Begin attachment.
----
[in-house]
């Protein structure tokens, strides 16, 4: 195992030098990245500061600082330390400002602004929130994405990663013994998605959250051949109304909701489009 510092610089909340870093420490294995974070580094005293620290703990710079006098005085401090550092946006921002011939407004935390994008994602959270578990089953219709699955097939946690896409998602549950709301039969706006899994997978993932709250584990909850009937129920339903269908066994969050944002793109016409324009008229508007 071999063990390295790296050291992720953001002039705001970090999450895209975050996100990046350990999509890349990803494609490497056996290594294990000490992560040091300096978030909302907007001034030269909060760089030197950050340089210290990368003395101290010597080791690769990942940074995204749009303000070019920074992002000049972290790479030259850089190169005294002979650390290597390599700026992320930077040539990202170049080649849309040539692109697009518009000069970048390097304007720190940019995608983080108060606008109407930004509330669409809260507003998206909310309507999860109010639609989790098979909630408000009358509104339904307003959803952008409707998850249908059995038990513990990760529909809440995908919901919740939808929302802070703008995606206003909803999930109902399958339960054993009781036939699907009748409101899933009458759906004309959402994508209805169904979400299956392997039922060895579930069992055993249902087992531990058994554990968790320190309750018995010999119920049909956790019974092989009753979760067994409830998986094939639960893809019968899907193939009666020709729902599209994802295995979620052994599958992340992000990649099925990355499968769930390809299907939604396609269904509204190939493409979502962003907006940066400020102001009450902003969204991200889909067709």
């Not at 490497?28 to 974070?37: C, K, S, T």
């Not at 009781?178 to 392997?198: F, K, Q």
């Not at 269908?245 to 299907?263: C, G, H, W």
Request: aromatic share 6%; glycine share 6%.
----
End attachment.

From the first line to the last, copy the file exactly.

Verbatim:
[in-house]
């Protein structure tokens, strides 16, 4: 195992030098990245500061600082330390400002602004929130994405990663013994998605959250051949109304909701489009 510092610089909340870093420490294995974070580094005293620290703990710079006098005085401090550092946006921002011939407004935390994008994602959270578990089953219709699955097939946690896409998602549950709301039969706006899994997978993932709250584990909850009937129920339903269908066994969050944002793109016409324009008229508007 071999063990390295790296050291992720953001002039705001970090999450895209975050996100990046350990999509890349990803494609490497056996290594294990000490992560040091300096978030909302907007001034030269909060760089030197950050340089210290990368003395101290010597080791690769990942940074995204749009303000070019920074992002000049972290790479030259850089190169005294002979650390290597390599700026992320930077040539990202170049080649849309040539692109697009518009000069970048390097304007720190940019995608983080108060606008109407930004509330669409809260507003998206909310309507999860109010639609989790098979909630408000009358509104339904307003959803952008409707998850249908059995038990513990990760529909809440995908919901919740939808929302802070703008995606206003909803999930109902399958339960054993009781036939699907009748409101899933009458759906004309959402994508209805169904979400299956392997039922060895579930069992055993249902087992531990058994554990968790320190309750018995010999119920049909956790019974092989009753979760067994409830998986094939639960893809019968899907193939009666020709729902599209994802295995979620052994599958992340992000990649099925990355499968769930390809299907939604396609269904509204190939493409979502962003907006940066400020102001009450902003969204991200889909067709």
């Not at 490497?28 to 974070?37: C, K, S, T």
């Not at 009781?178 to 392997?198: F, K, Q």
């Not at 269908?245 to 299907?263: C, G, H, W």
Request: aromatic share 6%; glycine share 6%.